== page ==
Classification
Within iNaturalist.org

All Names

  • Scientific Names
    • Thuja plicata
  • English
    • Western redcedar
    • western red cedar
    • canoe cedar

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Recent observations

Photos / Sounds

Observer

trelam

Date

October 23, 2014 08:05 AM PDT

Description

A conifer tree that is visibly shorter than Douglas-fir, and its Abies cousins. A lovely, sweet smelling tree with reddish bark that exfoliates in thin, hair-like strands. Its reddish twigs grow off the branches in a downward direction, making the tree look a bit droopy, like a wet dog. A key identifier of this species is the shape of the bloom on the undersides of the leaves, it makes two rows that look like "butterflies".

Habitat: Growing in partial shade next to Douglas-fir and western hemlock in a preserved garden on The Evergreen State College campus next to parking lot C.

Weather: Rainy, 55F, and with full overcast sky.

Photos / Sounds

Square

What

Western Red Cedar Thuja plicata

Observer

cmmaylor

Date

October 19, 2014 04:00 PM PDT

Photos / Sounds

What

Western redcedar Thuja plicata

Observer

irenemoore

Date

October 20, 2014

Description

Resting nearby a raging river just outside Lake Cushman, was this Western redcedar, or Thuja plicata, of the family Cupressaceae. Some defining characteristics of this native plant are scaley needles, small reproductive cones, and red fibrous bark.

This tree should not be confused with true cedars of the family Cedrus. The fall view of this evergreen tree shows it sits by neighboring firs and hemlocks. Lichens and moss cling to its bark, absorbing all of the moisture-rich air.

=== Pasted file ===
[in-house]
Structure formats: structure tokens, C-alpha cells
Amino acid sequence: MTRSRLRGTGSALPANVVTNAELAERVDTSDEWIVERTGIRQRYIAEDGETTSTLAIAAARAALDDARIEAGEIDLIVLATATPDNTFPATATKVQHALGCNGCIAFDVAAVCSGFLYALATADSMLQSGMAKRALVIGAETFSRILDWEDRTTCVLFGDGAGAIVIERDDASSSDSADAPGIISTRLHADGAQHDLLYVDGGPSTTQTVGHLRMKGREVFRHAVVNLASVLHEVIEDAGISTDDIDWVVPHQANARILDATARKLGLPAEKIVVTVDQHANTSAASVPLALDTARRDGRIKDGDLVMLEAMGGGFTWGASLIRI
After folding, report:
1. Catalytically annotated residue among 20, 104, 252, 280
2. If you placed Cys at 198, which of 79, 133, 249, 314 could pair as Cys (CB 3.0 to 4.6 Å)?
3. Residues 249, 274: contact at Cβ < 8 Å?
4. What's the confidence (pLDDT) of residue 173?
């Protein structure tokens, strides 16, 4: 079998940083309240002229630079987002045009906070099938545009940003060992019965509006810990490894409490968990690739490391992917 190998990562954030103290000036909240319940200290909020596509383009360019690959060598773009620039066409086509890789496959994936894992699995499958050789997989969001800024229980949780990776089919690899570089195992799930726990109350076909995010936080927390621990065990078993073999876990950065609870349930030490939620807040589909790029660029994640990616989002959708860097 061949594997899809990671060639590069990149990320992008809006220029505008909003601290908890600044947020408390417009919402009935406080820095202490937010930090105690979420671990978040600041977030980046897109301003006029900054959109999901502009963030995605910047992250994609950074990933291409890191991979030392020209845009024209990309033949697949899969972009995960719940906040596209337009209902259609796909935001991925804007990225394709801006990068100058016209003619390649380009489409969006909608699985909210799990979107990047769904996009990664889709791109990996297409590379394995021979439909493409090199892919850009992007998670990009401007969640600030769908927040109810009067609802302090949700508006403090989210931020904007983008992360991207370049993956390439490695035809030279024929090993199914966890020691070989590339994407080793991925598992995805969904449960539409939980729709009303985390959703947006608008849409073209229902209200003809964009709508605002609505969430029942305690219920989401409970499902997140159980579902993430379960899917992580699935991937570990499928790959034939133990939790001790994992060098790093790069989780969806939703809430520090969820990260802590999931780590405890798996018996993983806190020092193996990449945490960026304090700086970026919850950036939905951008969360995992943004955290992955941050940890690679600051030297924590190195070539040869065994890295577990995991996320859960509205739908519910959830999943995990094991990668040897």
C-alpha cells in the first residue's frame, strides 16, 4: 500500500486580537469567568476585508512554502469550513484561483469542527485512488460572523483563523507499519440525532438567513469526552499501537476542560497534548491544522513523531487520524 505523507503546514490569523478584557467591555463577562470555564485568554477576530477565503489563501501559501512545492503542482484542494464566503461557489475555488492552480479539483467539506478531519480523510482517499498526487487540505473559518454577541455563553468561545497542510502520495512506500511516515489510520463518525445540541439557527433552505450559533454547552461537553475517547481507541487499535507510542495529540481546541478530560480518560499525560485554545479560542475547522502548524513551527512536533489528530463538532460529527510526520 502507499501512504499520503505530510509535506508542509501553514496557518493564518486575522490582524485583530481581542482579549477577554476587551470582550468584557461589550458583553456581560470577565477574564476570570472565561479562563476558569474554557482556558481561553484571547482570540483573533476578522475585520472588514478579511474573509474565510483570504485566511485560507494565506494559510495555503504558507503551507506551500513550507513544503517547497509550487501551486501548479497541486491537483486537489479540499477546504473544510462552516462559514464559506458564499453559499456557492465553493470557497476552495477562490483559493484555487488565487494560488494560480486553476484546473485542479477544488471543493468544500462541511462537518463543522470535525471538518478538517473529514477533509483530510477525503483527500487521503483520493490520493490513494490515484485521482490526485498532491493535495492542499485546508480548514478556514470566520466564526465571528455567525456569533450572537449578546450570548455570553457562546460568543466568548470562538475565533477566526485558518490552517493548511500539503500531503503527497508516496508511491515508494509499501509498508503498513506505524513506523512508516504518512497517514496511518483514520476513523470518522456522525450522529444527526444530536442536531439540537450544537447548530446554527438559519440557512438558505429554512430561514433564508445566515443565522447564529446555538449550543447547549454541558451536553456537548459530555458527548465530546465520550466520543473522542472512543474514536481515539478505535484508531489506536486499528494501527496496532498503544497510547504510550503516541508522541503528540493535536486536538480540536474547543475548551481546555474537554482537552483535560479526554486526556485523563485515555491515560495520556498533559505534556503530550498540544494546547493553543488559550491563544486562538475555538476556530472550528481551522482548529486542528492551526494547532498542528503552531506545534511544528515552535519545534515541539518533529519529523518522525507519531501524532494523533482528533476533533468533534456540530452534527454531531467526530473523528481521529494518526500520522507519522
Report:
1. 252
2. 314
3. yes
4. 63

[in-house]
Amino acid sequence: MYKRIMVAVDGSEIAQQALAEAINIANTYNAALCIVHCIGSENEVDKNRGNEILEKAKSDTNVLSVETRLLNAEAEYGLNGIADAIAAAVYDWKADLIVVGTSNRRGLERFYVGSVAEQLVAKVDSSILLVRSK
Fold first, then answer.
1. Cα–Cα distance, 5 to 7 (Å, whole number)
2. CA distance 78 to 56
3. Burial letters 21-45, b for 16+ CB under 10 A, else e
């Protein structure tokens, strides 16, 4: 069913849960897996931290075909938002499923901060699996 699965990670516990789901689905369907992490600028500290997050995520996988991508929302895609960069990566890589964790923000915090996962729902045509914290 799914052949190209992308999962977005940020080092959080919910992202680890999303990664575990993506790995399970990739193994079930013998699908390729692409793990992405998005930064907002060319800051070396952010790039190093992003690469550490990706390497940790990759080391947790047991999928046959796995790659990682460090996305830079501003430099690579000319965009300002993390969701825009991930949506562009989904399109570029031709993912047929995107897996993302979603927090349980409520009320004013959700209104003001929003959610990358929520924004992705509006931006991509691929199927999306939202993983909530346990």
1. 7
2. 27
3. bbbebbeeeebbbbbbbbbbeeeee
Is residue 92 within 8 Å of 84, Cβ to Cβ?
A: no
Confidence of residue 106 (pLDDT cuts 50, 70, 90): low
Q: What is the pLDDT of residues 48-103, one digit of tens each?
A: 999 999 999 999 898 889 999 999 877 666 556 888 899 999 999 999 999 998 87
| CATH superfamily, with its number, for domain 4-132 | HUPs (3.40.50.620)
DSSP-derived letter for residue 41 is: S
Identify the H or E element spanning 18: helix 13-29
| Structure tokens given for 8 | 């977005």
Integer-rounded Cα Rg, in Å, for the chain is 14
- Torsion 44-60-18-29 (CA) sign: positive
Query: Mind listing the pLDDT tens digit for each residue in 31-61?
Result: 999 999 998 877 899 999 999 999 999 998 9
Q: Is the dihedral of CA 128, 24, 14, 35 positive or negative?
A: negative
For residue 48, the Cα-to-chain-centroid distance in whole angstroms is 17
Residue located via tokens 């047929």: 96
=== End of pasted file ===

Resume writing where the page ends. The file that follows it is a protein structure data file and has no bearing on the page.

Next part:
Photos / Sounds

What

Western redcedar Thuja plicata

Observer

klynne

Date

October 19, 2014 02:31 PM PDT

Description

Thuja plicata, or western red cedar, this specimen is tall with characteristic scale-like needles, red bark, and a profusion of small woody seed cones.

Photos / Sounds

Square

What

Western redcedar Thuja plicata

Observer

lilfae

Date

October 18, 2014 04:50 PM PDT

Description

Along the creek in dense shade

Photos / Sounds

What

Western redcedar Thuja plicata

Observer

marvelliott

Date

August 13, 2014

Photos / Sounds

What

Western Red Cedar Thuja plicata

Observer

donny2341

Date

October 10, 2014

Description

Observed in the Evergreen Forest near the Evergreen State College campus. Identifying characteristics of this tree include the large branches that droop slightly before curving upward into a ā€˜Jā€™ shape. The bark has grey outer coloring that transitions to reddish brown color on the inside. Bark commonly known for peeling off in long fibrous strips off the trunk.

Photos / Sounds

Observer

suemcgaw

Date

July 2, 2014

Place

Rangiora (Google, OSM)

Photos / Sounds

Square

Observer

suemcgaw

Date

May 5, 2014

Description

Thuja plicata 'Stoneham Gold'

Photos / Sounds

Observer

guisauco

Date

October 12, 2014 03:50 PM CEST

Description

Not native, planted in a garden.

Photos / Sounds

Observer

palmeg28

Date

October 10, 2014 03:41 PM PDT

Description

About 3.5 feet wide, lower branches covered in moss.

Photos / Sounds

What

Western RedCedar Thuja plicata

Observer

sheridanj47

Date

October 9, 2014

Description

Bark was purple, and red-ish when pealed. Bark also peeled in fiber type vertical strands. Branches fairly long (~2-3m) and were in a type of a 'J' shape covered in Lichens.

View all observations

Description from Wikipedia

Thuja plicata, commonly called Western or Pacific redcedar,giant or western arborvitae,giant cedar, or shinglewood, is a species of Thuja, an evergreen coniferous tree in the cypress family Cupressaceae native to western North America. Despite its common names, it does not belong with the true cedars within the genus Cedrus. It is the Provincial tree of British Columbia, and has extensive applications for the indigenous First Nations of the Pacific Northwest.

No range data available.